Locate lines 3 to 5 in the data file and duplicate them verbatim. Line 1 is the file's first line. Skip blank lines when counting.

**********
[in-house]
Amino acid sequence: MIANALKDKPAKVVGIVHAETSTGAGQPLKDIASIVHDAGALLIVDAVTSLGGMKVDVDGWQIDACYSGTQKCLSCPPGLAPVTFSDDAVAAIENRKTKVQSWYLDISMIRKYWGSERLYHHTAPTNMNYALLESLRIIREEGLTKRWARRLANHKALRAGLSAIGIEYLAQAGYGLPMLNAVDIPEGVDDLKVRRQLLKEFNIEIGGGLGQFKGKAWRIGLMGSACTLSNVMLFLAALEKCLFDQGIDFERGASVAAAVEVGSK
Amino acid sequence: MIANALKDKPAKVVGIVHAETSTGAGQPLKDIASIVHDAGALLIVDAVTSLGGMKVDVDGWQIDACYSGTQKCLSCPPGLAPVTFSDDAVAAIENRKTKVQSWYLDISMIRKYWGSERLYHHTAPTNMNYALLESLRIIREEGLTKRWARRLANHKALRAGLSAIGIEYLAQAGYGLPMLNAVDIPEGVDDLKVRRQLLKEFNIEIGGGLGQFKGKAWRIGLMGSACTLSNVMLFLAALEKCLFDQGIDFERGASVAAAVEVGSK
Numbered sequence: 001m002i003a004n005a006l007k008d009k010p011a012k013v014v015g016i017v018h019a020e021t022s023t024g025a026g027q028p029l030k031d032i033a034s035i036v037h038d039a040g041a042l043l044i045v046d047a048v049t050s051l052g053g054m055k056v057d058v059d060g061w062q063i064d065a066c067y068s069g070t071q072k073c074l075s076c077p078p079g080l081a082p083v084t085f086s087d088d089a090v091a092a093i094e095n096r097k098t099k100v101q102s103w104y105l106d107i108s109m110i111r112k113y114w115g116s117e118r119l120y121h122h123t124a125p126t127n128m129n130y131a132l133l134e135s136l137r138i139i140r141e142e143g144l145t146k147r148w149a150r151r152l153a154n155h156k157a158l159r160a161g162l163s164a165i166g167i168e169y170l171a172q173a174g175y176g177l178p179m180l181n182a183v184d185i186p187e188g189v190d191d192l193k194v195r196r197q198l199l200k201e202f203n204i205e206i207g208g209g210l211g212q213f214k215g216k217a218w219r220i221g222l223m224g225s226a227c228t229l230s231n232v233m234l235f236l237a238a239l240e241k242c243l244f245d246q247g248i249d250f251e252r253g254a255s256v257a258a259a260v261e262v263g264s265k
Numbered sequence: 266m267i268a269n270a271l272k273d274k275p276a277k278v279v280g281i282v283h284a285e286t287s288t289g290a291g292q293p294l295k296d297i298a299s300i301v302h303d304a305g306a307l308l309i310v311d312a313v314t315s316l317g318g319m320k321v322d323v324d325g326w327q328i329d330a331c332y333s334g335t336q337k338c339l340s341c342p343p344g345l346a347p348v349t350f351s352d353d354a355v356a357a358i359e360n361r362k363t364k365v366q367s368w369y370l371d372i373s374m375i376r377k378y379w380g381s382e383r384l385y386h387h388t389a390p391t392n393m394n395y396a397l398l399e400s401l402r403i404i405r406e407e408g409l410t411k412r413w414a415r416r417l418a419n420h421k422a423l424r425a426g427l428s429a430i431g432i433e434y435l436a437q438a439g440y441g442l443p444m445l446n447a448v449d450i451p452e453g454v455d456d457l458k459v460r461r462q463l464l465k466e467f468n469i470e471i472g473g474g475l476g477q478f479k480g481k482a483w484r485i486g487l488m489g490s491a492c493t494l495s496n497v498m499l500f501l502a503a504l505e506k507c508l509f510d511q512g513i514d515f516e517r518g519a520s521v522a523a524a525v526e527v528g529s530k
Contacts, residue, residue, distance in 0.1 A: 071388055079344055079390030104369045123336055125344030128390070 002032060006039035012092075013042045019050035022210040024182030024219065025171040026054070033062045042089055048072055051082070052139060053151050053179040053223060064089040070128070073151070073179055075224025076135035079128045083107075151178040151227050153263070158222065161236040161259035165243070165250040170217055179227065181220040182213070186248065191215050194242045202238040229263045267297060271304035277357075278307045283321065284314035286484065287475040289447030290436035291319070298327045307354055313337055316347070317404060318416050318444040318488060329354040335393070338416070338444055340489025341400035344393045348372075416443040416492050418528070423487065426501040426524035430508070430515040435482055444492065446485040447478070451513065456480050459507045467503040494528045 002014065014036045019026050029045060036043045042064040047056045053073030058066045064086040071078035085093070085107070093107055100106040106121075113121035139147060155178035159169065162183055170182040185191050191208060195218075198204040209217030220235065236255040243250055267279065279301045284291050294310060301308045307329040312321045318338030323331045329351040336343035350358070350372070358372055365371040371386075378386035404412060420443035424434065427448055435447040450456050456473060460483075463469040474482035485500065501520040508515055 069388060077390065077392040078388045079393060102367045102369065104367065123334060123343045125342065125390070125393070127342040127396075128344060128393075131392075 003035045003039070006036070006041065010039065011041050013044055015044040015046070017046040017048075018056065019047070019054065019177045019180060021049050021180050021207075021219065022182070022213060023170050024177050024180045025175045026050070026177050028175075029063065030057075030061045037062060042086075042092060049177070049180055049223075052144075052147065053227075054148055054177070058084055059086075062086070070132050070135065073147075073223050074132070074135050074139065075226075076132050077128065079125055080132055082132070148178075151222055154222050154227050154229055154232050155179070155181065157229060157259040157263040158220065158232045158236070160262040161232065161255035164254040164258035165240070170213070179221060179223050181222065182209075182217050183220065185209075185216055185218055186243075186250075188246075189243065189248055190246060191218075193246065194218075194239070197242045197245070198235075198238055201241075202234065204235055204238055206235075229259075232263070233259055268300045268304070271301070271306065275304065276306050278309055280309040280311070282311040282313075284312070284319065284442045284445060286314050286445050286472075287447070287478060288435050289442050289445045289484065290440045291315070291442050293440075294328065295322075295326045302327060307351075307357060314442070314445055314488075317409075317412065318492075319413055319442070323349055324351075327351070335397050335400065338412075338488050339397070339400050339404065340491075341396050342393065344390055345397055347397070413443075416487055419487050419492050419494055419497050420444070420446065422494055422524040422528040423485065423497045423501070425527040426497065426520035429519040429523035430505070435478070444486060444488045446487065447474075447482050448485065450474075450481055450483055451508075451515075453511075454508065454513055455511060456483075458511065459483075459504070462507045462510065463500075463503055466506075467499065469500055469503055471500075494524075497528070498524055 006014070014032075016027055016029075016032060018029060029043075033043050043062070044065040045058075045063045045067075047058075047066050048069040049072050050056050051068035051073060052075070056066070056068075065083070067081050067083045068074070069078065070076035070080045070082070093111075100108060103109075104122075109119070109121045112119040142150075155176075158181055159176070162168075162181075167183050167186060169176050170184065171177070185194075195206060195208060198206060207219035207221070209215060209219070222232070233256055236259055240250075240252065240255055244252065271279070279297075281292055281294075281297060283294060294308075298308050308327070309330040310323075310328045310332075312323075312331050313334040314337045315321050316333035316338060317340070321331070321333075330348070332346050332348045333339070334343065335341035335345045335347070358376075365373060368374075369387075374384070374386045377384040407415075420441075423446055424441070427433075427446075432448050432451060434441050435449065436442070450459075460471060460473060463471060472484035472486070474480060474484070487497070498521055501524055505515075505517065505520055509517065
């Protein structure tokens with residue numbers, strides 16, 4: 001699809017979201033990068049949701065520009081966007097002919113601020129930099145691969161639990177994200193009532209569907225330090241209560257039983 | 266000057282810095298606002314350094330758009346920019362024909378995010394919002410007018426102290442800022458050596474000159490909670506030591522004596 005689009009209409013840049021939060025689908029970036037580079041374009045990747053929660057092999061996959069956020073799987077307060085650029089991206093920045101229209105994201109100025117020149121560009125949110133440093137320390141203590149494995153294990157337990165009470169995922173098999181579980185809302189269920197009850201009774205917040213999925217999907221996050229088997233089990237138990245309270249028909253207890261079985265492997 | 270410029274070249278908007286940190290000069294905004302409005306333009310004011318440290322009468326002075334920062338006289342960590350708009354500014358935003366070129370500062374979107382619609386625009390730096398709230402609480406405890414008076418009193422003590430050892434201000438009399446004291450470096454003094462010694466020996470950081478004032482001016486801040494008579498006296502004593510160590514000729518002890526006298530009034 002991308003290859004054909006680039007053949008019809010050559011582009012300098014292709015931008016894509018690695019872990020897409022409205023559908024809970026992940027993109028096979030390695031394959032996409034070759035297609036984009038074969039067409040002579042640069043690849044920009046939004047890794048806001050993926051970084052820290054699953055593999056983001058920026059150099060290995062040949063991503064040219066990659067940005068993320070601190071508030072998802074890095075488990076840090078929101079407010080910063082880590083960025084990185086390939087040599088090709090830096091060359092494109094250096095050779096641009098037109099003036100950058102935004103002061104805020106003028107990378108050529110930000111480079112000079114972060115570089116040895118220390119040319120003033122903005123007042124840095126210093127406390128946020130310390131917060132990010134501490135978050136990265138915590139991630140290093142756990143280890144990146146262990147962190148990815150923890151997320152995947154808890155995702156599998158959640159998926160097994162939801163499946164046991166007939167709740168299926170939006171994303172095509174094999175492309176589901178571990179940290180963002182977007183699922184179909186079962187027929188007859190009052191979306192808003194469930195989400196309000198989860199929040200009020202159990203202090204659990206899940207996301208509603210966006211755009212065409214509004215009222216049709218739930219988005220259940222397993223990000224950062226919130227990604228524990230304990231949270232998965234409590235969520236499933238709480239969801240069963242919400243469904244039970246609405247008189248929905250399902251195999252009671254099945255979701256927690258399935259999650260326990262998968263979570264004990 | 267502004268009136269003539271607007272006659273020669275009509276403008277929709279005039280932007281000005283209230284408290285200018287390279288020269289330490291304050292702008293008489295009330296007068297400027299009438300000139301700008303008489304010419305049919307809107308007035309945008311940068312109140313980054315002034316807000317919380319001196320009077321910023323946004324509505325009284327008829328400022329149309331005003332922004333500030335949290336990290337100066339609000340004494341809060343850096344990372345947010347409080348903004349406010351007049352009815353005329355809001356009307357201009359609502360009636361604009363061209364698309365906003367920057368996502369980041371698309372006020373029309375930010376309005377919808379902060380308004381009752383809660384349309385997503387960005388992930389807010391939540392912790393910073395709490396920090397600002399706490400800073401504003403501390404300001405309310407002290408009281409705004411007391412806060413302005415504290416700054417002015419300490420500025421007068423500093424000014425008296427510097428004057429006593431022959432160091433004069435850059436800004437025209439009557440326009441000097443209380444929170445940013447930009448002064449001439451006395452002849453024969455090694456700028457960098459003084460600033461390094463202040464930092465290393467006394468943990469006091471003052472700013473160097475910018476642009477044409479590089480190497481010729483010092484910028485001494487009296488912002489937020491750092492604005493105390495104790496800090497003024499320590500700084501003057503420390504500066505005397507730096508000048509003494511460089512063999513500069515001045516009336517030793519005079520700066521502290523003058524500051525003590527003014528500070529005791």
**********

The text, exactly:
Amino acid sequence: MIANALKDKPAKVVGIVHAETSTGAGQPLKDIASIVHDAGALLIVDAVTSLGGMKVDVDGWQIDACYSGTQKCLSCPPGLAPVTFSDDAVAAIENRKTKVQSWYLDISMIRKYWGSERLYHHTAPTNMNYALLESLRIIREEGLTKRWARRLANHKALRAGLSAIGIEYLAQAGYGLPMLNAVDIPEGVDDLKVRRQLLKEFNIEIGGGLGQFKGKAWRIGLMGSACTLSNVMLFLAALEKCLFDQGIDFERGASVAAAVEVGSK
Numbered sequence: 001m002i003a004n005a006l007k008d009k010p011a012k013v014v015g016i017v018h019a020e021t022s023t024g025a026g027q028p029l030k031d032i033a034s035i036v037h038d039a040g041a042l043l044i045v046d047a048v049t050s051l052g053g054m055k056v057d058v059d060g061w062q063i064d065a066c067y068s069g070t071q072k073c074l075s076c077p078p079g080l081a082p083v084t085f086s087d088d089a090v091a092a093i094e095n096r097k098t099k100v101q102s103w104y105l106d107i108s109m110i111r112k113y114w115g116s117e118r119l120y121h122h123t124a125p126t127n128m129n130y131a132l133l134e135s136l137r138i139i140r141e142e143g144l145t146k147r148w149a150r151r152l153a154n155h156k157a158l159r160a161g162l163s164a165i166g167i168e169y170l171a172q173a174g175y176g177l178p179m180l181n182a183v184d185i186p187e188g189v190d191d192l193k194v195r196r197q198l199l200k201e202f203n204i205e206i207g208g209g210l211g212q213f214k215g216k217a218w219r220i221g222l223m224g225s226a227c228t229l230s231n232v233m234l235f236l237a238a239l240e241k242c243l244f245d246q247g248i249d250f251e252r253g254a255s256v257a258a259a260v261e262v263g264s265k
Numbered sequence: 266m267i268a269n270a271l272k273d274k275p276a277k278v279v280g281i282v283h284a285e286t287s288t289g290a291g292q293p294l295k296d297i298a299s300i301v302h303d304a305g306a307l308l309i310v311d312a313v314t315s316l317g318g319m320k321v322d323v324d325g326w327q328i329d330a331c332y333s334g335t336q337k338c339l340s341c342p343p344g345l346a347p348v349t350f351s352d353d354a355v356a357a358i359e360n361r362k363t364k365v366q367s368w369y370l371d372i373s374m375i376r377k378y379w380g381s382e383r384l385y386h387h388t389a390p391t392n393m394n395y396a397l398l399e400s401l402r403i404i405r406e407e408g409l410t411k412r413w414a415r416r417l418a419n420h421k422a423l424r425a426g427l428s429a430i431g432i433e434y435l436a437q438a439g440y441g442l443p444m445l446n447a448v449d450i451p452e453g454v455d456d457l458k459v460r461r462q463l464l465k466e467f468n469i470e471i472g473g474g475l476g477q478f479k480g481k482a483w484r485i486g487l488m489g490s491a492c493t494l495s496n497v498m499l500f501l502a503a504l505e506k507c508l509f510d511q512g513i514d515f516e517r518g519a520s521v522a523a524a525v526e527v528g529s530k